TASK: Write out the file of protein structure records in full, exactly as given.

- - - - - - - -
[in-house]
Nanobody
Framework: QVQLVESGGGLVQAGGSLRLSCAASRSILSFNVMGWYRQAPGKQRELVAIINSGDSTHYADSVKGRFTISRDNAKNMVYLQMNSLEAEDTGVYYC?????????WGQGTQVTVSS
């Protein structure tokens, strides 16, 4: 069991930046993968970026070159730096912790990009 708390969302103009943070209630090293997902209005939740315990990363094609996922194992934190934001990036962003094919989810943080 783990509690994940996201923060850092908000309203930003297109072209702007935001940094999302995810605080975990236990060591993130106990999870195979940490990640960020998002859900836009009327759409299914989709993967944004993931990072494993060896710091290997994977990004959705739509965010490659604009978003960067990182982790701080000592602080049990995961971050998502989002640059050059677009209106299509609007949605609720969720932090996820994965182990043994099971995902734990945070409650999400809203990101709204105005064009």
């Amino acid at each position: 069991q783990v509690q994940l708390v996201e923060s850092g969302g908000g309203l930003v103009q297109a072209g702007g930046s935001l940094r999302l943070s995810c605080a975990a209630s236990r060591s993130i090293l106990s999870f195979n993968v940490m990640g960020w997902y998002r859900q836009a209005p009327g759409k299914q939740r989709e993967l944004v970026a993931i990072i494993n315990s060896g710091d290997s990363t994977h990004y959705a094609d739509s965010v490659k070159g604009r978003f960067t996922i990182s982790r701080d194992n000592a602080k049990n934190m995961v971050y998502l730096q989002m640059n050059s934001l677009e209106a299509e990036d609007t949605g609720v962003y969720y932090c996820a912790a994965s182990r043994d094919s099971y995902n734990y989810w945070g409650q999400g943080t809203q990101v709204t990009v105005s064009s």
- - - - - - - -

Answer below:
[in-house]
Nanobody
Framework: QVQLVESGGGLVQAGGSLRLSCAASRSILSFNVMGWYRQAPGKQRELVAIINSGDSTHYADSVKGRFTISRDNAKNMVYLQMNSLEAEDTGVYYC?????????WGQGTQVTVSS
């Protein structure tokens, strides 16, 4: 069991930046993968970026070159730096912790990009 708390969302103009943070209630090293997902209005939740315990990363094609996922194992934190934001990036962003094919989810943080 783990509690994940996201923060850092908000309203930003297109072209702007935001940094999302995810605080975990236990060591993130106990999870195979940490990640960020998002859900836009009327759409299914989709993967944004993931990072494993060896710091290997994977990004959705739509965010490659604009978003960067990182982790701080000592602080049990995961971050998502989002640059050059677009209106299509609007949605609720969720932090996820994965182990043994099971995902734990945070409650999400809203990101709204105005064009």
């Amino acid at each position: 069991q783990v509690q994940l708390v996201e923060s850092g969302g908000g309203l930003v103009q297109a072209g702007g930046s935001l940094r999302l943070s995810c605080a975990a209630s236990r060591s993130i090293l106990s999870f195979n993968v940490m990640g960020w997902y998002r859900q836009a209005p009327g759409k299914q939740r989709e993967l944004v970026a993931i990072i494993n315990s060896g710091d290997s990363t994977h990004y959705a094609d739509s965010v490659k070159g604009r978003f960067t996922i990182s982790r701080d194992n000592a602080k049990n934190m995961v971050y998502l730096q989002m640059n050059s934001l677009e209106a299509e990036d609007t949605g609720v962003y969720y932090c996820a912790a994965s182990r043994d094919s099971y995902n734990y989810w945070g409650q999400g943080t809203q990101v709204t990009v105005s064009s």